What I learned when I spent a week in a psychiatric hospital

In January of 2016, I made the fateful decision of telling my psychiatrist that I wanted to kill myself. I didn’t cry or really express any emotion — I said it to her as if I was bringing up the cold weather outside. I had wanted to die for so long; it didn’t seem like that big of a deal. I almost assumed that everyone felt that way from time to time.

The doctor told me that I had to spend a week in a mental hospital. My only prior exposure to hospitals had been through American Horror Story: Asylum and Girl, Interrupted, so naturally, I was a little worried.

Luckily, though, the only noteworthy thing that happened to me was that I became a happier and healthier person.

However, before I checked into the hospital, nobody told me what to expect. The entire hospitalization process was a mystery to me. In case any HelloGiggles readers find themselves in this difficult situation, I’m here to tell you what I learned from my week in the mental hospital.


It’s not like the horror movies.

Looking for straight jackets, electroshock therapy, and patients attempting to kill you? You won’t find any. Not in this day and age, at least. Occasional breakdown aside, psych wards are actually pretty peaceful and serene. The doctors aren’t going to beat you into submission. Rather, they’re going to let you get the rest and help you need so that you can go home as soon as possible.

There's a schedule and you should probably follow it.

Sure, no one’s forcing you to wake up at 6 a.m.. But if you don’t get up early, you’ll miss group therapy — AKA a chance to get better, AKA a chance to get out of there faster. The rest of the schedule is pretty important too, and some of it’s even fun. One of the highlights of my stay was getting dog piled (pun intended) by puppies on dog therapy day. If you don’t follow the schedule, there isn’t much left to do besides watch TV, call a loved one, or fiddle with your ID bracelet for hours on end.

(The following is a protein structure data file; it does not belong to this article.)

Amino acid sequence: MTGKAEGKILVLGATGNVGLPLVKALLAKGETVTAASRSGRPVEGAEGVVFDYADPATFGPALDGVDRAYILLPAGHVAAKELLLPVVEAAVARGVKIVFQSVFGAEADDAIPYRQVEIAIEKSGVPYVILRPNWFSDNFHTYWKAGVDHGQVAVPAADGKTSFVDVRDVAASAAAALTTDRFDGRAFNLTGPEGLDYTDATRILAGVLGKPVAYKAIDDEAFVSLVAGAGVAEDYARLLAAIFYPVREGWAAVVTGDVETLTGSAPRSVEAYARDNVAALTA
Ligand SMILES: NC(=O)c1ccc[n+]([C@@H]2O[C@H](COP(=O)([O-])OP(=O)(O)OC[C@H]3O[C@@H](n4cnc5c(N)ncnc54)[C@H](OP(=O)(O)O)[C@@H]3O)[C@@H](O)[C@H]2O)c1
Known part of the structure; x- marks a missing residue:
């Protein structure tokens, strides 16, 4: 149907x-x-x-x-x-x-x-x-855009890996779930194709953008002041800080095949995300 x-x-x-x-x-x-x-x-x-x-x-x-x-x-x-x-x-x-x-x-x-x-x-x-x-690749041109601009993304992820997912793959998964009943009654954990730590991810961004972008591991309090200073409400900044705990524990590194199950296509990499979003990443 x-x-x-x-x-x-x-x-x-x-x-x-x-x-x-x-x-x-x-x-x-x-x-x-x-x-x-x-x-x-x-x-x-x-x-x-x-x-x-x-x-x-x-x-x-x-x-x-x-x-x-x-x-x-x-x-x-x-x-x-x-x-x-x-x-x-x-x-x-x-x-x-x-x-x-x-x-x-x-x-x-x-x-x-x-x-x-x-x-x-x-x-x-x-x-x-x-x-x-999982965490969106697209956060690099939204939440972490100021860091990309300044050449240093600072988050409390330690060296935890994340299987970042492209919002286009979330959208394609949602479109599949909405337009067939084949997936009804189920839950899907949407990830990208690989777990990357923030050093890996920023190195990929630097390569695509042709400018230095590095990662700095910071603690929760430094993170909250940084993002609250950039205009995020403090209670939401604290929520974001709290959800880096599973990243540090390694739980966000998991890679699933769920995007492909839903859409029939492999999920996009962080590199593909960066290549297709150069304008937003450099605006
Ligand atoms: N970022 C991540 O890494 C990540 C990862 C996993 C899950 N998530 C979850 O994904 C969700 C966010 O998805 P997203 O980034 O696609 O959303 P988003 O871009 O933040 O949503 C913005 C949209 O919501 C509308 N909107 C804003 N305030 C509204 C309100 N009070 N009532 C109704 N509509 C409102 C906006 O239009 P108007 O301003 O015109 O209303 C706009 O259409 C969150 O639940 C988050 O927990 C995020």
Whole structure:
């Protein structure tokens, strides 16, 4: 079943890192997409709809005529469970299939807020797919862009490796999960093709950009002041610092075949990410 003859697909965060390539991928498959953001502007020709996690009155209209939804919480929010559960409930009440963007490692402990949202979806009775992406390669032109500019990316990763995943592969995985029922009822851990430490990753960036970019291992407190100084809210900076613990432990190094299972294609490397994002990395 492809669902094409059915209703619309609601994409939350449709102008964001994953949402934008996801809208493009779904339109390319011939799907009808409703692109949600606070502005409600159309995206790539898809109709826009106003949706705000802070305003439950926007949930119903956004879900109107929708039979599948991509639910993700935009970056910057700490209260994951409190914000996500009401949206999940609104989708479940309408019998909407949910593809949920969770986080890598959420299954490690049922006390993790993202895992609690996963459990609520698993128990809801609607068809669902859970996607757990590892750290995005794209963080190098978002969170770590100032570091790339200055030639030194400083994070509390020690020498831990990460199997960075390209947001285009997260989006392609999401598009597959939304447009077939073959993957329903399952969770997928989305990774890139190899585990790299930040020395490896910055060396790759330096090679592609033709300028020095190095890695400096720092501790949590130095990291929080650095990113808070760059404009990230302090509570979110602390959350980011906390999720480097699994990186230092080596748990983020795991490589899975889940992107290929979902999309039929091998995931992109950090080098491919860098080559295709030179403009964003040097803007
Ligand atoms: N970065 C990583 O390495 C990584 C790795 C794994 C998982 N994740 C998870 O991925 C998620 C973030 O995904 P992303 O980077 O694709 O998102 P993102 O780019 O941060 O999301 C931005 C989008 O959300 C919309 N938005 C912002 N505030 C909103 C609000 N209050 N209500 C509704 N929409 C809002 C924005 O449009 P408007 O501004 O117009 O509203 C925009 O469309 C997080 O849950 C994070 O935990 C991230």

You will cry. A lot.

I probably cried more during that short week than I have in my entire life. I cried all day when I when I was being checked into the hospital, and even more when I had to say goodbye to my mom. I cried myself to sleep that night, wondering how I got myself into this situation. I cried tears of joy when my friend and fellow patient was reunited with her daughter, and I cried tears of joy when I finally got out.

But I think I cried the hardest when my dad came to visit me during my second night there. The moment I saw him sitting among the sea of concerned loved ones, I completely lost it. At first I was embarrassed (I hate crying in front of people) — but when I looked around, I saw that there wasn’t a dry eye in the room.

You'll laugh a lot, too.

Contrary to what TV, movies, and my previous paragraph might have you believe, psychiatric hospitals aren’t miserable places. You’ll meet a lot of people who are going through the same things, and you’ll bond over the goofy stuff that happens in the hospital. I have fond memories of teaching a group of 50 year old women how to do the Cupid Shuffle, and getting bombarded with questions about what to do with your arms.